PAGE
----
I used every weapon I could think of to keep the squirrels off my screened porch. Rubber snakes. BBs. Hot sauce. Nothing slowed them down as they gnawed and clawed hole after hole in the screen.
On the advice of a friend, I tried something new. I moved Iniesta’s food bowl from the porch to the adjoining garage where the squirrels couldn’t see or smell it. I allowed her only half an hour to eat. Any food that remained in the bowl was dumped back into the “Vittle Vault” where I stored it. Vittle Vaults are heavy-duty plastic containers designed to be impenetrable to pests of all kinds. Bugs. Mice. Rats. Raccoons. Possums. And, yes, even squirrels. I have a large bin for dog food and a smaller one for bird seed. Yeah, but. While partying in the garage (they didn’t care if Iniesta’s bowl was hidden and empty), the squirrels managed to chew through the lids of both Vittle Vaults. Sad but true.
Clearly, patching the holes in my screen with flimsy cardboard and duct tape wasn’t going to stop the little devils. So I began hunting for a material that would block them but not ruin my view of the backyard, which is—of course—one of the main reasons for having a screened porch. After extensive internet research, I honed in on a product called “Critterfence.” I studied the website and then called and talked to a man in customer service. Critterfence offers a wide variety of fencing designed to keep animals in or out. I was fairly sure I needed half-inch woven wire mesh, sometimes called hardware cloth. The wire is hot-dip galvanized after weaving and then coated in black vinyl.
“I can’t imagine a squirrel being able to chew through it,” the man on the phone told me. “And it’s attractive.” So I ordered 200 square feet, enough to reinforce the entire lower half of my porch.
My handyman Bob, who screened the porch a couple of years ago, moved me to the top of his lengthy waiting list because he knew I was desperate. The day after the fencing was delivered, Bob arrived with a tall ladder and a strong staple gun and installed the mesh. It looks great, more like a pleasant cage than a fortress.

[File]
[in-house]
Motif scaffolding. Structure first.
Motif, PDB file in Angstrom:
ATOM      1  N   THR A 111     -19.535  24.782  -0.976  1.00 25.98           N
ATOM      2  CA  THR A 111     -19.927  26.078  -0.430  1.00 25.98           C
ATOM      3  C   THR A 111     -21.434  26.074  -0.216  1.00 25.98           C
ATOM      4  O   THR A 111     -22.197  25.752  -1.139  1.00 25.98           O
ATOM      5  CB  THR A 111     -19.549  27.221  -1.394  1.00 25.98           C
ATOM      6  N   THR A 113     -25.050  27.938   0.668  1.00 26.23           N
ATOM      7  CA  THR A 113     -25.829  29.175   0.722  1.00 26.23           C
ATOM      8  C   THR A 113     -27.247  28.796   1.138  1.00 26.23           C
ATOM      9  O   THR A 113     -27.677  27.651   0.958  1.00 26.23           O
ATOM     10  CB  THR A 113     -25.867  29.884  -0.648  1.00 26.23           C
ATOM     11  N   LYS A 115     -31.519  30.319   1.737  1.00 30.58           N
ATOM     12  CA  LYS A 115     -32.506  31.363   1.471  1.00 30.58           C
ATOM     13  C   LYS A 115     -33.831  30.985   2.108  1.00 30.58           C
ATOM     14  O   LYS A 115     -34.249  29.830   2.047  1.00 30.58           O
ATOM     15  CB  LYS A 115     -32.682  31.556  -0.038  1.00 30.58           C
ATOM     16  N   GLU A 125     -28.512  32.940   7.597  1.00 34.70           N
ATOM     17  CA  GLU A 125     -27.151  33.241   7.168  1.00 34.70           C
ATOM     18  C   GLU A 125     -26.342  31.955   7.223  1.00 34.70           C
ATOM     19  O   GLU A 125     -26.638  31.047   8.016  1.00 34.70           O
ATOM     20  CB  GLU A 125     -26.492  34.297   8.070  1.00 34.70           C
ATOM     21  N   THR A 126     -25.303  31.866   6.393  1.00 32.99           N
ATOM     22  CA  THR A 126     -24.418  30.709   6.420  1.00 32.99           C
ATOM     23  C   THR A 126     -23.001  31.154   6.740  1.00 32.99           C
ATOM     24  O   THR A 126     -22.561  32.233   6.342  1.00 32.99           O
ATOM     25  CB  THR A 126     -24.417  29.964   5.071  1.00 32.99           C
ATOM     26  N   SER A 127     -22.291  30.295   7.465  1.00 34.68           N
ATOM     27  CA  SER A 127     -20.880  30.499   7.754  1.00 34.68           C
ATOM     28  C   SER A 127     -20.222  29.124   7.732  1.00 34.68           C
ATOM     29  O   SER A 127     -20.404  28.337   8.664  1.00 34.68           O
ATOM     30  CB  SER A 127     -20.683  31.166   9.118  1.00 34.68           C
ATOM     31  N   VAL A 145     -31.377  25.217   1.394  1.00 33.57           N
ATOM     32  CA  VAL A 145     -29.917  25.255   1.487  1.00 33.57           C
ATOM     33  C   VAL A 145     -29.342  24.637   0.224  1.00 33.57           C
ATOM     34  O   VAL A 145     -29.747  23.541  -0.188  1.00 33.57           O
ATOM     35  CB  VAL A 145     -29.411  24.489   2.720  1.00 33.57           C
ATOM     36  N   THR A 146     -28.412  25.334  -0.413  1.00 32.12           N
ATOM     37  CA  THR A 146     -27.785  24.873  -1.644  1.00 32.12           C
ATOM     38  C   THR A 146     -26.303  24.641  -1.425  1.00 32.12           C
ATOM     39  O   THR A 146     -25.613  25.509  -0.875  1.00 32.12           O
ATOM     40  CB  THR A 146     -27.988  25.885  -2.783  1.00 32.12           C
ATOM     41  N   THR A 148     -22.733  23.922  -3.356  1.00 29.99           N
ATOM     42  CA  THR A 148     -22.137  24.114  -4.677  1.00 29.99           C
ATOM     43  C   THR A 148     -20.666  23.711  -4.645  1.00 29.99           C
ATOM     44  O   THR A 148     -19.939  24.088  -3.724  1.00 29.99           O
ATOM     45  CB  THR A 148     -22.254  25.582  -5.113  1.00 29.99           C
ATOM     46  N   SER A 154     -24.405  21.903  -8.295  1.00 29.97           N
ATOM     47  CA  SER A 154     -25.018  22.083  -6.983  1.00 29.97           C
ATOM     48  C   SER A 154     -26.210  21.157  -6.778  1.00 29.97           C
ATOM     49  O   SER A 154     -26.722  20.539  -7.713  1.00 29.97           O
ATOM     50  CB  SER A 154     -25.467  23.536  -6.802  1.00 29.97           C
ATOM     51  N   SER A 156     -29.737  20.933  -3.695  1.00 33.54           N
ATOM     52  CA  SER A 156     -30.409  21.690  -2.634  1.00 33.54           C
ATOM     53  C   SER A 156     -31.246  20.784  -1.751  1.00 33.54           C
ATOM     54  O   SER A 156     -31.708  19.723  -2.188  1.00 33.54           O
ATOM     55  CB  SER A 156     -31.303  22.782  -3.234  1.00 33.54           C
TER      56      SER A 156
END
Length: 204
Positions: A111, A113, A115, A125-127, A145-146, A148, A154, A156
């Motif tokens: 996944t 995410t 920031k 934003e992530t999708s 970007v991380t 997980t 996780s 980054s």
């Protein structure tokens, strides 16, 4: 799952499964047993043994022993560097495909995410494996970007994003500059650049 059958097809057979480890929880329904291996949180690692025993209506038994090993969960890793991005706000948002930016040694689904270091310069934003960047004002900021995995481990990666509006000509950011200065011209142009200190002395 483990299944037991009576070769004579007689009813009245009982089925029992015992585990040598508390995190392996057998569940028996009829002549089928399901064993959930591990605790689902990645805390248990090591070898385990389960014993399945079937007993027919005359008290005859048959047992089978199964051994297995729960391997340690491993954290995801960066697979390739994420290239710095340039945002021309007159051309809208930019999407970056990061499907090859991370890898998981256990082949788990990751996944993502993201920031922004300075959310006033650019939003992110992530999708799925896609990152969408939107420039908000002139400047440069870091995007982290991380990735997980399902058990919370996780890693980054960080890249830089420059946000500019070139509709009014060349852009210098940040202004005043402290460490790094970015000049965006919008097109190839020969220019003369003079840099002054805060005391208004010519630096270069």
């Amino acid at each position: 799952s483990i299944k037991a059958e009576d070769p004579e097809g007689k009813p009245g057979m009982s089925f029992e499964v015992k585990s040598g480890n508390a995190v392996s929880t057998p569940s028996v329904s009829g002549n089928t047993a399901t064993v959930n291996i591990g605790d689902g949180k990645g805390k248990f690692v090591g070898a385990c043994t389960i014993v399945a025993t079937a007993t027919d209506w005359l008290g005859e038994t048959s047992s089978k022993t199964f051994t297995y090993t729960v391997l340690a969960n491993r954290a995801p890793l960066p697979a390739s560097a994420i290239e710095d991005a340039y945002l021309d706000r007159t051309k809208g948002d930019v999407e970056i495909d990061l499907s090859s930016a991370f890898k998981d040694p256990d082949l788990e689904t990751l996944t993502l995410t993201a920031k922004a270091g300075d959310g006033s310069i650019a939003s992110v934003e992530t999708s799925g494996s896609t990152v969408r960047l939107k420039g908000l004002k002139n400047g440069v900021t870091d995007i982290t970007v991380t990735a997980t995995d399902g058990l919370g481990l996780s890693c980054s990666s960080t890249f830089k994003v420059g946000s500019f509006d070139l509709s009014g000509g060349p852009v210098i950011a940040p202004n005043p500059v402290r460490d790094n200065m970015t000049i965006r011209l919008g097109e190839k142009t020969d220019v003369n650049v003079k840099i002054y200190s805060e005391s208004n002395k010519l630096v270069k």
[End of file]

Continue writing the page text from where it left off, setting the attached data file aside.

Now the real test begins. For good measure, I’ve left a bottle of Tabasco on a table near the screen door (which is also reinforced with Critterfence), where the squirrels can see it. The rubber snakes are still stretched out on the porch rail and my trusty Boy Scouts of America BB gun is cocked, loaded and in full view. I’m doing my darndest to encourage Iniesta to perk up when I yell SQUIRREL!!! She occasionally meanders out into the yard, feigning enthusiasm, but has yet to get anywhere close to one. They’re so sure she harmless that they don’t even bother to scamper up a tree.
They just while away their time under the birdfeeders. Once or twice, they’ve breached my fancy National Audubon Society “squirrel-proof feeder,” but it usually dumps them off. So they hang out on the ground beneath it, chattering happily and enjoying the seeds the birds have scattered about.
The good news is that it’s been almost a week since Bob was here and I haven’t had a single squirrel on the porch or in the garage. Not one. Maybe it’s because of the Critterfence. Or maybe it’s because the squirrels suspect I have one more secret weapon. A weapon so sure-fire it would make them quake in their boots if they knew about it.
But that’s a story that will have to be told in next week’s column.
(August 4, 2019)